Column: Keeping students at the center of all we do

Denise Pontrelli

BY DENISE PONTRELLI
GUEST COLUMNIST

Each school year, it seems, goes by a little faster. Within the blink of an eye we went from the first day of school to the last. The past nine months have been a blur of activity — every day filled with learning and adventure as students and teachers push themselves to explore new concepts and try new things.

This year has not been easy, as our district is immersed in a time of transition. Preparing for grade configuration changes, boundary changes, school closures and hundreds of students and staff moving to new buildings has created additional stress, worry and uncertainty for so many. Yet, inside our classrooms, amazing things have happened.

The highlight of the year for me has been the hours I’ve spent engaged in deep and meaningful conversations with our students. Each month I’ve met with various groups of high school and junior high students to talk about the things that matter to them. They’ve provided their honest perspectives on what is working and what isn’t working in our schools.

What do our students tell us? Here’s just a little of what I’ve learned from our kids:

• They love their teachers, coaches, advisors — especially the ones who have taken time to get to know them personally, and ask about their lives, their dreams and their ambitions.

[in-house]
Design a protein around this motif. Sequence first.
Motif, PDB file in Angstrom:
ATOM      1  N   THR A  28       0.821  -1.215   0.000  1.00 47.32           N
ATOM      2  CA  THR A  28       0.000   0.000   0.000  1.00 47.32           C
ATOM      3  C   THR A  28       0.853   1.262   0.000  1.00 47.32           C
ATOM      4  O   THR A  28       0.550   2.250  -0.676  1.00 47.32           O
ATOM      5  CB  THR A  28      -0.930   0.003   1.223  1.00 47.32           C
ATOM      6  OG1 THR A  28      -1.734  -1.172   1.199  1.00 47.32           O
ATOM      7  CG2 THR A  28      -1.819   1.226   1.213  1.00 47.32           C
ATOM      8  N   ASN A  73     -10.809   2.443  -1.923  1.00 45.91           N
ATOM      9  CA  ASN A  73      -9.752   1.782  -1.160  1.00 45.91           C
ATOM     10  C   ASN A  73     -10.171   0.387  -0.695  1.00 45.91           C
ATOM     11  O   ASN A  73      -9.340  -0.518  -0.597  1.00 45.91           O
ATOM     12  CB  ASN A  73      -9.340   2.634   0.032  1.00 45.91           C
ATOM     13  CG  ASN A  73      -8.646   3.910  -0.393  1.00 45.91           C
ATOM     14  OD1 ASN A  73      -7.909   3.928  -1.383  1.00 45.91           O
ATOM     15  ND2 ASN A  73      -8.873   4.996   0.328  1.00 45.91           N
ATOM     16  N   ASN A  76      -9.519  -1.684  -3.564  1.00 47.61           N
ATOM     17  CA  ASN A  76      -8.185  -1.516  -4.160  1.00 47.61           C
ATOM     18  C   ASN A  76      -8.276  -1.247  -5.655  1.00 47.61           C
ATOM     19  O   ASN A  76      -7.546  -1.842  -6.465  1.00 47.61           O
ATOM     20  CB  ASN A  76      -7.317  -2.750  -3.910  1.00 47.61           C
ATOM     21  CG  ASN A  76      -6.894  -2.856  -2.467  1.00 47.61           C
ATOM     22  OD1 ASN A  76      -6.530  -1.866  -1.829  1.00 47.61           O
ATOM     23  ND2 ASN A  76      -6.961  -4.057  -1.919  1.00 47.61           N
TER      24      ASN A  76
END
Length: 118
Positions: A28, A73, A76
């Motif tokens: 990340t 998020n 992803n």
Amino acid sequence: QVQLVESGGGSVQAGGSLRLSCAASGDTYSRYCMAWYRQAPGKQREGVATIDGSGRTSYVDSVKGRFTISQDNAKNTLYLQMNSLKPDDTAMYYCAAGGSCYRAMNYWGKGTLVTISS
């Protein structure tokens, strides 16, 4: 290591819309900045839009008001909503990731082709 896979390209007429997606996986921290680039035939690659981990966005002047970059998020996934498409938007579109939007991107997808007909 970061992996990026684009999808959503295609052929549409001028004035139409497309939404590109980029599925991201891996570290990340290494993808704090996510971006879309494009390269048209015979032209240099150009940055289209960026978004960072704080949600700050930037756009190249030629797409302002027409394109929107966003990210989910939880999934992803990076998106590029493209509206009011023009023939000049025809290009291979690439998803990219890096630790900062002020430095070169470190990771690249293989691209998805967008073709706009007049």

• They can feel overwhelmed, stressed and anxious. They have high expectations of themselves, often pushing themselves to take more challenging classes, participate in more activities, study longer and sleep less.

• They value freedom to express themselves, ask questions and challenge preconceived notions. They prefer debate and discussion to memorization and lecture.

• They want to be active and engaged in their learning. Their favorite teachers are the ones who make lessons relevant to real-life. They like hands-on activities and collaborative projects that require deeper thinking and problem solving.

• They desire to engage in real and authentic debate and conversation. They want to dig deeper into real-life issues, and discuss political and social justice issues in meaningful ways.

• They are thoughtful and idealistic, passionate and empathetic. They see more than we think they do, and they are more concerned about the world’s issues than we thought they were.

• Relationships matter. It’s the personal connections to teachers, staff members and classmates that keep them coming to school each day and help them succeed.

Students don’t care about budgets and policies. They’re less concerned about their physical surroundings, and more focused on the people working within the school walls. For our kids, it’s a kind smile that gives them the confidence to take on a new task. It’s a friendly greeting that makes them feel welcome and safe. It’s the extra few minutes spent explaining an assignment in greater detail that inspires them to keep trying. These are the things that really matter for our kids.

While there is lingering disagreement in our community of the best way to support our students, there is no doubt we all have our children’s best interest at heart. I am incredibly proud to be part of a community that cares about its students so deeply. I strongly believe even better things are in store for us in the years ahead as we work together to meet the academic, social and emotional needs of our students.

Denise Pontrelli is superintendent of Stillwater Area Public Schools.